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The Hot Zone: A sobering must-read after West African Ebola outbreak

Scanning electron micrograph of filamentous Ebola virus particles budding from a single chronically-infected VERO E6 cell (25,000x magnification). NIAID
Scanning electron micrograph of filamentous Ebola virus particles budding from a single chronically-infected VERO E6 cell (25,000x magnification). NIAID
NIH:NIAID Creative Commons (free use)

The Hot Zone


It looks as though we can stop the rush to educate people on tolerance, climate warming, nuclear accidents, and stuff like that. The Centers for Disease Control (CDC) published a conference transcript from last week confirming that Ebola can be airborne. Today, the New York Times published a piece indicating that the West African Ebola Outbreak is vastly underestimated in numbers, and this graph shows it to be the worst Ebola outbreak to date. It seemed that a review of the 1994 Bestseller, The Hot Zone, might be a good idea as a primer on the problem. Gulp. The book indicates that nature may be well on her way to solving the humans-not-playing-well-with-others-and-killing-the-planet-problem.

In a sense, the earth is mounting an immune response against the human species. It is beginning to react to the human parasite, the flooding infection of people, the dead spots of concrete all over the planet, the cancerous rot-outs in Europe, Japan and the United States, thick with replicating primates, the colonies mingling and spreading and threating to shock the biosphere with mass extinctions. Perhaps the biosphere does not "like" the idea of five billion humans. Or it could be also said that the extreme amplification of the human race, which has occurred only in the past hundred years or so, has suddenly produced a very large quantities of meat, which is sitting everywhere in the biosphere and may not be able to defend itself against a life form that might want to consume it. Nature has interesting ways of balancing itself. The rain forest has its own defenses. The earth's immune system, so to speak, has recognized the presence of the human species and is starting to kick in. The earth is attempting to rid itself of an infection by the human parasite. Perhaps AIDS is the first step in a natural process of clearance." - The Hot Zone, by Richard Preston

So why this review, if Mother Nature's got Her own auto-immune system to fight the virus-like amplification of humanity, and there's not a single thing we can do about it?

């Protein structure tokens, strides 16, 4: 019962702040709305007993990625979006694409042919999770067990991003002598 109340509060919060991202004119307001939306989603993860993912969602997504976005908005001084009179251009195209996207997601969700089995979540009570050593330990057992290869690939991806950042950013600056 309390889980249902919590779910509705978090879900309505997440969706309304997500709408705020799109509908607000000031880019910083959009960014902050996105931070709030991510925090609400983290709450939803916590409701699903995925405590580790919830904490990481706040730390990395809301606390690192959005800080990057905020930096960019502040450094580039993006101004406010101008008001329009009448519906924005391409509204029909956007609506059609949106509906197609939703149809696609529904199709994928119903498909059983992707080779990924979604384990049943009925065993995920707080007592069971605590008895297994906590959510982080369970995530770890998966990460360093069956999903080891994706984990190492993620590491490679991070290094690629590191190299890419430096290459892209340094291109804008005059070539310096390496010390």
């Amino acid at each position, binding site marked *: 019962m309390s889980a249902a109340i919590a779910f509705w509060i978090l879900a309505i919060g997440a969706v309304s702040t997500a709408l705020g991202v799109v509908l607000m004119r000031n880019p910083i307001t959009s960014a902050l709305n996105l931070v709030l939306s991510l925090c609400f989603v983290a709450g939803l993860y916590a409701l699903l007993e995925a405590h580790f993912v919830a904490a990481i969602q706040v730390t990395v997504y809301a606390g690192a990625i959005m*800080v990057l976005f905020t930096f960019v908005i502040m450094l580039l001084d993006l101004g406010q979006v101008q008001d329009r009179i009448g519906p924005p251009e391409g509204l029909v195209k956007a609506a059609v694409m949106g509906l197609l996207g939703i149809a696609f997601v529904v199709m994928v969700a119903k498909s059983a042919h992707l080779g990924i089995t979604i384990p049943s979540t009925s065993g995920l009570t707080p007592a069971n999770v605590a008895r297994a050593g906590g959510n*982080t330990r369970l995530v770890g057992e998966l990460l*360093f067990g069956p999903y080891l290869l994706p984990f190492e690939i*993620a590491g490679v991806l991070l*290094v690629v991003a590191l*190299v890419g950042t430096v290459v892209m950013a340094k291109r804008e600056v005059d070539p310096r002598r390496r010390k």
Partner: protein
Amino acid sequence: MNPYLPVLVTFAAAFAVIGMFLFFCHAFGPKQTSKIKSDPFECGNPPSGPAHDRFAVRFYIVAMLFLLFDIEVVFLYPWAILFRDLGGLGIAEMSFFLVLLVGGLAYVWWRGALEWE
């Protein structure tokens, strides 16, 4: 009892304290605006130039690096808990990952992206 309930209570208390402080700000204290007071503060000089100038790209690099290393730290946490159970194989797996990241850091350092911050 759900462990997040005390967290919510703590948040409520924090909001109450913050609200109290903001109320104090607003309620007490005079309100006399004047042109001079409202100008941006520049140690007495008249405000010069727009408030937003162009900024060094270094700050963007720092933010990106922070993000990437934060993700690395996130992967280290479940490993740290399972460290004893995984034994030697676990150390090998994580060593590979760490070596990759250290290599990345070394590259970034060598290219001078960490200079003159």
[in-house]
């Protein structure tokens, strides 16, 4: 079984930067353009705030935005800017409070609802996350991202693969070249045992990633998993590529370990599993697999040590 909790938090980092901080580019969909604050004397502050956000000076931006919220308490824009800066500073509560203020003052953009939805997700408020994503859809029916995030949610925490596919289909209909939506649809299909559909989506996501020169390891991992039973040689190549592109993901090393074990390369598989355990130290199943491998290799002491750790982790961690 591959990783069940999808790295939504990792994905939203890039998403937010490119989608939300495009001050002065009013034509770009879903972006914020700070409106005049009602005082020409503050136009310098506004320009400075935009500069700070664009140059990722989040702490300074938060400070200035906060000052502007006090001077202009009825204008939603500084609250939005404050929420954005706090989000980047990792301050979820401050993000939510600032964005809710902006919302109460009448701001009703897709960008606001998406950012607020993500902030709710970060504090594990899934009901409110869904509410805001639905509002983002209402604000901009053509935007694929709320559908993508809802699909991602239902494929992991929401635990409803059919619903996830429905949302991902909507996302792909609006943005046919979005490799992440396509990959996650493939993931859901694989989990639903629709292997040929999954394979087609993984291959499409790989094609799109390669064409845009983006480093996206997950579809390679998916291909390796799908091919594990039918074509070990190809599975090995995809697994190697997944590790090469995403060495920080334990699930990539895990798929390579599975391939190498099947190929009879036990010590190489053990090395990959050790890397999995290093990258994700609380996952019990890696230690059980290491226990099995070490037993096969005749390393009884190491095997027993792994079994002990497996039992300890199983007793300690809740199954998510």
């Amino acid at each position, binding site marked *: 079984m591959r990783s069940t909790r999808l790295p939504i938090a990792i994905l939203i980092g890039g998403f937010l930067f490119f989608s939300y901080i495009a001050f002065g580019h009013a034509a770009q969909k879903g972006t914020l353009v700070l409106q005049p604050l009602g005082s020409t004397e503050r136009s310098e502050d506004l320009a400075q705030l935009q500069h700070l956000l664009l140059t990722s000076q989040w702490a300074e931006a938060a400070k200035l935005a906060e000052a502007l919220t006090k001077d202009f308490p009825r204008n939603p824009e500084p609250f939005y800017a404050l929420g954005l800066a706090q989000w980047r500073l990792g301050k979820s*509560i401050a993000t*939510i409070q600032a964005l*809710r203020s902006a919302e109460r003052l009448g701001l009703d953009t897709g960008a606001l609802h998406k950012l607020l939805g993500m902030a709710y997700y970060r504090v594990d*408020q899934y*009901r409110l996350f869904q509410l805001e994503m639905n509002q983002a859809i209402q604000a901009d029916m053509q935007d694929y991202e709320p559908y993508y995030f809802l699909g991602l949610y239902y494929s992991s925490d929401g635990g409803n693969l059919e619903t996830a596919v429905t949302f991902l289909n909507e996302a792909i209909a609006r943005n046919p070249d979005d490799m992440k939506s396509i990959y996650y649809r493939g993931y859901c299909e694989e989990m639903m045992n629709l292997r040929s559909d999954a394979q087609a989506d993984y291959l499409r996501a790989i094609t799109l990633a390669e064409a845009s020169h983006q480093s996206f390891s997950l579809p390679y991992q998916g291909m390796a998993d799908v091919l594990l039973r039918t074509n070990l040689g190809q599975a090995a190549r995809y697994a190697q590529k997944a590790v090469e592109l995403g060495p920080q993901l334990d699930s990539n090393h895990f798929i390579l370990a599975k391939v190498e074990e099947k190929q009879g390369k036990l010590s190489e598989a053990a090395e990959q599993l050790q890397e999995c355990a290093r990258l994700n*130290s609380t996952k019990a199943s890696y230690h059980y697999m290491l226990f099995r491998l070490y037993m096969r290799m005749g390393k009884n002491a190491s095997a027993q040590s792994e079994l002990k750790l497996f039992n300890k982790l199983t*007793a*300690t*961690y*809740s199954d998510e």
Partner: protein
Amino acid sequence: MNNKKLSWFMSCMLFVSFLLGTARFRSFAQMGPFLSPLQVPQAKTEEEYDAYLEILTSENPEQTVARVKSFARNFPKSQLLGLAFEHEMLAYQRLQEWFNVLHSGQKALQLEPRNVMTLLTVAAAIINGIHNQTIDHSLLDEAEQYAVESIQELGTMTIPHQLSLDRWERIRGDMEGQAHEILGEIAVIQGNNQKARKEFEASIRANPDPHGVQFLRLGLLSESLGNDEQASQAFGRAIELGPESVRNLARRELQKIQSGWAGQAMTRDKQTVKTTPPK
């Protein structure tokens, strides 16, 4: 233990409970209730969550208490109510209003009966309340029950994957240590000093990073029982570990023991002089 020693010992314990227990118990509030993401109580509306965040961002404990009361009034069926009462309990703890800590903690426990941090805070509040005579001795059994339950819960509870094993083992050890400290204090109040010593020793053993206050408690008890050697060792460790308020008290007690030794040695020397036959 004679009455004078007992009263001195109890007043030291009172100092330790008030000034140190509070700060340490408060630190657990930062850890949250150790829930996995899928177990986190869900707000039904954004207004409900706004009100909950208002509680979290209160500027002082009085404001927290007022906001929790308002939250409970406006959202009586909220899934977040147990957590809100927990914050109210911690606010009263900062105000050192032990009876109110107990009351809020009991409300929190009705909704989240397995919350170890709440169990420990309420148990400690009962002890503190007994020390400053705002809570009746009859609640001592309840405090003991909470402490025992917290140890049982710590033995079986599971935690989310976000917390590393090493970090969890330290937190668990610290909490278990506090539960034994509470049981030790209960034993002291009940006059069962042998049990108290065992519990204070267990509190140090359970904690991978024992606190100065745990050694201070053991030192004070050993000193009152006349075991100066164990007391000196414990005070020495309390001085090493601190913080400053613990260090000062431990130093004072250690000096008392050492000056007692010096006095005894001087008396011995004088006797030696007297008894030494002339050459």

It's the hope that if we're good kids, Mom will be nicer. This review aims to promote human behavioral changes which could protect us from the emergence of deadly viruses in the first place. These behavioral changes are culturally engrained, and involve respect for Nature, adherence to balance, sustainability, ethics, intelligent living, spiritual and interspecies communion. Somehow, when we lost the cultures that valued these things, we lost a part of our humanity. Koyaanisqatsi.

If we want the world to go on, it seems we must fight to become like Gandhi - to become the change we want to see in the world, and to develop our human potential fully. We must embody balance, and conscious ways of living, and pass these on. It's necessary to live in nonviolence and peaceful-co-existence with the rest of Creation, in consideration of it. Then, the earth doesn't need to protect itself by unleashing plagues exposed as its last defense. Perhaps kindness and love can stop the earth's merciless and terminal immune-response -- mutating plagues. It's the only thing this zen practitioner can think of, the only defense that might appease that Great and Terrible Mother: Nature.

With the emergence of a new Ebola strain in West Africa, these words of Richard Preston's are haunting:

You could say the rain-forest viruses are extremely good at looking after their own interests. The AIDS virus is a fast mutator; it changes constantly. It is a hypermutant, a shape shifter, spontaneously altering its character as it moves through populations and through individuals. It mutates even in the course of one infection, and a person who dies of HIV is usually infected with multiple strains, which have all arisen spontaneously in the body. The fact that the virus mutates rapidly means that vaccines for it will be very difficult to develop.